Croatian wines and beers are gaining worldwide notoriety

Croatia prides itself on its wines, and production here dates back to Roman times – in fact, even before that. In recent years, the industry has improved considerably, especially around Istria and in Pelješac in Dalmatia, where oenophiles can follow wine trails, visit cellars and taste their products. In Slavonia, winegrowers have built their business on centuries of tradition and fame.

2022 saw a record for Croatia at the prestigious Decanter World Awards. In the most remarkable year for the local industry to date, national winemakers won three platinum medals and 16 gold medals.

Considered the gold standard of the global industry, accolades have been handed out since 2004. For the most recent awards, UK magazine experts sampled more than 18,000 wines from around the world.

CNTB/Sinisa UstulicaKutjevo wine cellar

Croatia can therefore rightly consider itself a major force in the region when it comes to wine. Istria remains the national leader – Gianfranco Kozlović and the Benvenuti brothers won platinum medals. Loyal Marko Fakin won another gold medal for Istria, with his wines being recognized by the Decanter team every year they were entered. Motovun winemaker Claudio Tomaz picked up another gold medal for his Teran Barbarossa.

Two golds went to the Zura winery in Korčula and one to Badel for its nine-year-old Korlat Supreme. David Štampar and Branko Jakopić brought gold to the increasingly important vineyards of Međimurje, and even the venerable wineries of Ilok in Slavonia, in operation for generations, claimed gold.

Istrian vineyard
CNTB/Hrvoje SerdarIstrian vineyard

Perhaps most impressive, Croatia’s third platinum went to Šoškić in Plešivica, just outside Zagreb. “We are dedicated to finding exceptional wines,” says the motto of this family winery, which has only been in operation since shortly before the pandemic. His Variety Haiku scored 97 points out of 100 to win Team Decanter’s top prize.

The Croatian beer industry has also made great strides in recent times. First developed in modern times under the Habsburgs, beer was also brewed by the Czechs who settled in the Slavic city of Daruvar, otherwise known for its winemaking prowess.

Staročeško is one of Croatia’s oldest craft beers, since complemented by its newer cousins, the 5th Element range.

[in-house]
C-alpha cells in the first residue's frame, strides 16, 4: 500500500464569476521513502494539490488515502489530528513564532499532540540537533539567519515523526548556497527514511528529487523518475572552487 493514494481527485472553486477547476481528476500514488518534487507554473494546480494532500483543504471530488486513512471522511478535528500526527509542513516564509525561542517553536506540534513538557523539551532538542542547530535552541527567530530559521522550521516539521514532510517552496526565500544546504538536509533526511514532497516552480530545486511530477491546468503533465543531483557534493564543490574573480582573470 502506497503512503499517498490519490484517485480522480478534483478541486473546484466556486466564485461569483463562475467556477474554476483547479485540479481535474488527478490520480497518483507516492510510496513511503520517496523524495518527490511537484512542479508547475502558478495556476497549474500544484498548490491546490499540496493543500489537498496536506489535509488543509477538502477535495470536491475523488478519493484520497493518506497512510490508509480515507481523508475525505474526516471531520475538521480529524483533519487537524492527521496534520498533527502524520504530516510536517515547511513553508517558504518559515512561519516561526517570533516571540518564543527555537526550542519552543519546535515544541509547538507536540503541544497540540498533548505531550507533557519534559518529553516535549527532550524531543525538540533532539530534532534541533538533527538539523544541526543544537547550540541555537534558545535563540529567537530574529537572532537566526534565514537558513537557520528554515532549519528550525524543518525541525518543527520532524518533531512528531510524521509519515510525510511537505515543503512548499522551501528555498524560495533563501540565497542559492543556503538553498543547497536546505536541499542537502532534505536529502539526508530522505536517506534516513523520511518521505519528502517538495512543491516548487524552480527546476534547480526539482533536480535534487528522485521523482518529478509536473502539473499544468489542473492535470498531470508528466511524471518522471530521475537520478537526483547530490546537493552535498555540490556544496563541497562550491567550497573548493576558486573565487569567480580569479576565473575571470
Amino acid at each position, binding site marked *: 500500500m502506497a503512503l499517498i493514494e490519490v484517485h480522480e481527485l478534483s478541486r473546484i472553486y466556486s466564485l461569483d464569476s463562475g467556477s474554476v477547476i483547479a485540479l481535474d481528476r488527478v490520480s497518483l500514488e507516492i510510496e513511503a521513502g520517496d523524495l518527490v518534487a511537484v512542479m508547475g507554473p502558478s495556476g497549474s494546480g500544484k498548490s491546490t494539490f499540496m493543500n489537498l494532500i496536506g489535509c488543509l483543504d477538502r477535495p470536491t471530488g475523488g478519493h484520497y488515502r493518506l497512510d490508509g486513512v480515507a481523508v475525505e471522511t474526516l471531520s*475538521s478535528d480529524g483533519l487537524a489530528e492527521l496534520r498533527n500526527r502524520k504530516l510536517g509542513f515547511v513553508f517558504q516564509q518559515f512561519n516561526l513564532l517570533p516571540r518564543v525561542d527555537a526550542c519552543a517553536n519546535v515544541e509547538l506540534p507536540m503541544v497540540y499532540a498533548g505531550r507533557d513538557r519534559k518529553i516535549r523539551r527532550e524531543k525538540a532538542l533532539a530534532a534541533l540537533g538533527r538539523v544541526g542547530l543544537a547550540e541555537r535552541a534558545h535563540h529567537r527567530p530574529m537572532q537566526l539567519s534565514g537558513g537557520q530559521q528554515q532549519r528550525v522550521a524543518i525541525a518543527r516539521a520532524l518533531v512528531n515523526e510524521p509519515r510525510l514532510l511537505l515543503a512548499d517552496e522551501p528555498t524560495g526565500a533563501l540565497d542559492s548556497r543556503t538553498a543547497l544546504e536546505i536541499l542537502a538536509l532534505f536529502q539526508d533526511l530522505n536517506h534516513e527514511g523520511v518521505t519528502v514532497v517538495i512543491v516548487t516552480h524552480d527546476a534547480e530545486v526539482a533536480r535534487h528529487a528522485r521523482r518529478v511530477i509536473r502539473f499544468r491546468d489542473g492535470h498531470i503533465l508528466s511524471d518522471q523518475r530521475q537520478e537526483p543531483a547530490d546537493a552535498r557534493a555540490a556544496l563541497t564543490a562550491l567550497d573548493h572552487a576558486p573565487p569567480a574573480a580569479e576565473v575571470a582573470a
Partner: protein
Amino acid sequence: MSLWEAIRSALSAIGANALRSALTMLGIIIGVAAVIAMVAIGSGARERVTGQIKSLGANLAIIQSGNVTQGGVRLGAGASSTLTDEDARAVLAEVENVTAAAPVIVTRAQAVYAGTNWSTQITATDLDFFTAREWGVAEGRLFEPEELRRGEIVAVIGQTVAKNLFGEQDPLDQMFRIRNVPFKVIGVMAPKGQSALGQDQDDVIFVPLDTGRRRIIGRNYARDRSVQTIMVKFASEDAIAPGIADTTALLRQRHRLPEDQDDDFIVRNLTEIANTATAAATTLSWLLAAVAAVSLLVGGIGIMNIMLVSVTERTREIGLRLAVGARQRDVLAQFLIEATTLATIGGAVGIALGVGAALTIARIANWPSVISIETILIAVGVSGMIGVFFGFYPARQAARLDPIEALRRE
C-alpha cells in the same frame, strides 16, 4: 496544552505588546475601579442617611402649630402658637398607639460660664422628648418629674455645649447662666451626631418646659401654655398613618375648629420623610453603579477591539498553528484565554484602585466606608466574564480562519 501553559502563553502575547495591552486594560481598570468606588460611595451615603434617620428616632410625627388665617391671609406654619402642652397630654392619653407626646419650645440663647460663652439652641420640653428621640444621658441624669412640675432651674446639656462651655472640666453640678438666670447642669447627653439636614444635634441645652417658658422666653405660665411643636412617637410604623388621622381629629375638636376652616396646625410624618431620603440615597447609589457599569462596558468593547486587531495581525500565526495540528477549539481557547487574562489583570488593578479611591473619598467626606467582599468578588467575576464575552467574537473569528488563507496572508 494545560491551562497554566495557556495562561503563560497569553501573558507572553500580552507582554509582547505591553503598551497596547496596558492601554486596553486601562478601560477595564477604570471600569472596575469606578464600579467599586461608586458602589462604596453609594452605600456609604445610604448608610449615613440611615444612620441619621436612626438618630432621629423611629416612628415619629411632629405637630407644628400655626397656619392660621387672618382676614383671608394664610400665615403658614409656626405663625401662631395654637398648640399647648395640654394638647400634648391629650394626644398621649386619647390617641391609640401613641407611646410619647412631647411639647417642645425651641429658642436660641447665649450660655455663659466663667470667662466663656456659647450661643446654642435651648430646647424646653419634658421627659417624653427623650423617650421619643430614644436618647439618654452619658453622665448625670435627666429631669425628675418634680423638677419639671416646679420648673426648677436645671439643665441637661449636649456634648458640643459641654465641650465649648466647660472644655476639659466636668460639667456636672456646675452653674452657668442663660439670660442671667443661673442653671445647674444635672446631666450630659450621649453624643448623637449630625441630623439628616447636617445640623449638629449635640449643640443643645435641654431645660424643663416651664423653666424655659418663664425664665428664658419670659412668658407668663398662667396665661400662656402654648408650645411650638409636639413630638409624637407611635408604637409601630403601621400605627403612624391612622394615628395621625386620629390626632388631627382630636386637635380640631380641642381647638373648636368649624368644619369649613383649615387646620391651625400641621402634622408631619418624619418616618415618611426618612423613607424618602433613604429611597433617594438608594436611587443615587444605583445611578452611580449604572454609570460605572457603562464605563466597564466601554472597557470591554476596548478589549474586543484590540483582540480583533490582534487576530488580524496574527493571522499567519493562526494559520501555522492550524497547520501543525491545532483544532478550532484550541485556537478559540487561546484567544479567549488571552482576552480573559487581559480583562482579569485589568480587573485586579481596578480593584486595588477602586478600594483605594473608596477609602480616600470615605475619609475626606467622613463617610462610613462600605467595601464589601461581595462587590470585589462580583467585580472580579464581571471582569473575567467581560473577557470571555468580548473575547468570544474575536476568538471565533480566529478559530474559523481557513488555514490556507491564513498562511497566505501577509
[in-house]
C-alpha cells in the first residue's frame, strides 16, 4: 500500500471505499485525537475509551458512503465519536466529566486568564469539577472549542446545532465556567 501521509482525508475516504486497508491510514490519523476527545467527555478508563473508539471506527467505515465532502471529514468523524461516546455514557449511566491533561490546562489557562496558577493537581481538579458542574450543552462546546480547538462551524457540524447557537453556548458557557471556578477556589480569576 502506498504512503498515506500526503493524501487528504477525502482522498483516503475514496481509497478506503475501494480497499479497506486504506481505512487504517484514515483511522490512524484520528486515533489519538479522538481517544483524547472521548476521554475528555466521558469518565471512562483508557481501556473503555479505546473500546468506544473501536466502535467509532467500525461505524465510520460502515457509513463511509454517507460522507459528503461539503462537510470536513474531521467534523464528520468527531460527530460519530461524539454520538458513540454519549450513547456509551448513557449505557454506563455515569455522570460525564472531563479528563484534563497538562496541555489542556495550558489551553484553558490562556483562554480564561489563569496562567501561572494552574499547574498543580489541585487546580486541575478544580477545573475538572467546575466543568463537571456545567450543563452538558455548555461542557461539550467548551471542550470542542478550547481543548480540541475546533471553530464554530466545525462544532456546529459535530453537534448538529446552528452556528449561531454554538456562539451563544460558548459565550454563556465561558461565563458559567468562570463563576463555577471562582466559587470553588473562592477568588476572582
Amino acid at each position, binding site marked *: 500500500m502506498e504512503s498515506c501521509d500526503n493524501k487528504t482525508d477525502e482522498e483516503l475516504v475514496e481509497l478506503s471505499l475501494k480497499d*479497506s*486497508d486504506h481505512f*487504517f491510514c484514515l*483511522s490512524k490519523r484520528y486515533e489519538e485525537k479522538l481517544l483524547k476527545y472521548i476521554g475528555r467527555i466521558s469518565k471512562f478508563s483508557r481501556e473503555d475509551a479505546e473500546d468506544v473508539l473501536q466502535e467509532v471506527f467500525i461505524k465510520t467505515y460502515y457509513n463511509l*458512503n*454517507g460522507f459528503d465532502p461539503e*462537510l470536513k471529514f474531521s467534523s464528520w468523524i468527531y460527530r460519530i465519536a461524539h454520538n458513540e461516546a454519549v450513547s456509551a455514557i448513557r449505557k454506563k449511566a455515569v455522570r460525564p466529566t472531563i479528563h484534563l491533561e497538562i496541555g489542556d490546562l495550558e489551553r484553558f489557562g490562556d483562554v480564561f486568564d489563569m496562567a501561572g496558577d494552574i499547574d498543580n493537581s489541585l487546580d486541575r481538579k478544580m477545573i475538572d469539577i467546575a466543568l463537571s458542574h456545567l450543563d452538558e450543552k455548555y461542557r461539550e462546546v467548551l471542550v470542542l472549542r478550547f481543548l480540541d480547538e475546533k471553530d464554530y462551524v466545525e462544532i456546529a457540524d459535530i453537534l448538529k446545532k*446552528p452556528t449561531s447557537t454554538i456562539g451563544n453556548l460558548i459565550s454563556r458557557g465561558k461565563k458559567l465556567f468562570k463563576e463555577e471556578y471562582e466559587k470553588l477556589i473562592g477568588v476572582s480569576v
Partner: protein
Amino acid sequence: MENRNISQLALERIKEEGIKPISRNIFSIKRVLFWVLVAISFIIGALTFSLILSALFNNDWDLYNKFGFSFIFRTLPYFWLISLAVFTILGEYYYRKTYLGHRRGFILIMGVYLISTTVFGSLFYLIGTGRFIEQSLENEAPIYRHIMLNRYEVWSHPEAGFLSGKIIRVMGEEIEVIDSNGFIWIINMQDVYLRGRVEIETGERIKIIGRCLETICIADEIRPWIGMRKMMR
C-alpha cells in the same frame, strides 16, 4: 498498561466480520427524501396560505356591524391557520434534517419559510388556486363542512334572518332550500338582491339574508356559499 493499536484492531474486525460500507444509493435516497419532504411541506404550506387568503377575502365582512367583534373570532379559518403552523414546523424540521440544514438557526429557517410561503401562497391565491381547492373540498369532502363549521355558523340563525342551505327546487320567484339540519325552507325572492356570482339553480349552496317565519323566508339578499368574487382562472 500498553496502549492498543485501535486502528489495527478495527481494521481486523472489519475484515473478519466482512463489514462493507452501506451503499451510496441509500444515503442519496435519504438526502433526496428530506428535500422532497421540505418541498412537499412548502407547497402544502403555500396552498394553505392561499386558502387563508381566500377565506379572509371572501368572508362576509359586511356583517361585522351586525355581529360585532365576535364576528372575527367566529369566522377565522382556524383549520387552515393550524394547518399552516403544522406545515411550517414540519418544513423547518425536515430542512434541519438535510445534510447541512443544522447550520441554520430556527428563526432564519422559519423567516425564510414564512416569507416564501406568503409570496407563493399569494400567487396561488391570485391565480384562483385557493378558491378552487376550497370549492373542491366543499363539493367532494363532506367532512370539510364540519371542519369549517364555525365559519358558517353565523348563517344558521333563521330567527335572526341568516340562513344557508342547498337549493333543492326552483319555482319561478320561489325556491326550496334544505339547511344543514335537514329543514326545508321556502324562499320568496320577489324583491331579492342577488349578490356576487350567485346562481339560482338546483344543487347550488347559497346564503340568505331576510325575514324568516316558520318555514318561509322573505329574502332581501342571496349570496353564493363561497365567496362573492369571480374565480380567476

More recently, pioneering craft brewers from Medvedgrad were established in 1994 by a quartet of brothers who resisted the temptation to call their new brand Four Boys, but followed the Bavarian tradition of naming it after the medieval fortress the closer.

The Garden Brewery
© The Garden Brewery

While their four reliable locations around Zagreb, each with its own mini-brewery, grew in popularity, it took another 25 years before the craft trend took off in Croatia and garnered international acclaim. In 2020, The Garden Brewery won the Champion Gold award from Beer52, a UK beer lovers club with over 200,000 registered members. Tom O’Hara’s team then received the same medal a year later for their Micro Niepa New England IPA.

Meanwhile, Croatian craft brewery Lepi Dečki from Čakovec in Međimurje has won Best Value Beer 2021, a gold medal and three silver medals at the London Beer Competition. The criteria were quality, price and packaging, and the beers involved were Hyperbola in the Russian Imperial Stout category, Međimursko from lagers, Čakovečko from the pilsner category, and Regoč from the Imperial IPAs.

It’s not just what’s inside the bottles that has captured global attention. In 2021, Croatian studio ANII won international awards for the best beer label design, including the prestigious A’Design Award, one of the largest and most influential events of its kind, held annually in Italy .

This article is sponsored by the Croatian National Tourist Board: “Croatia full of life”.


Shirley M. Pinder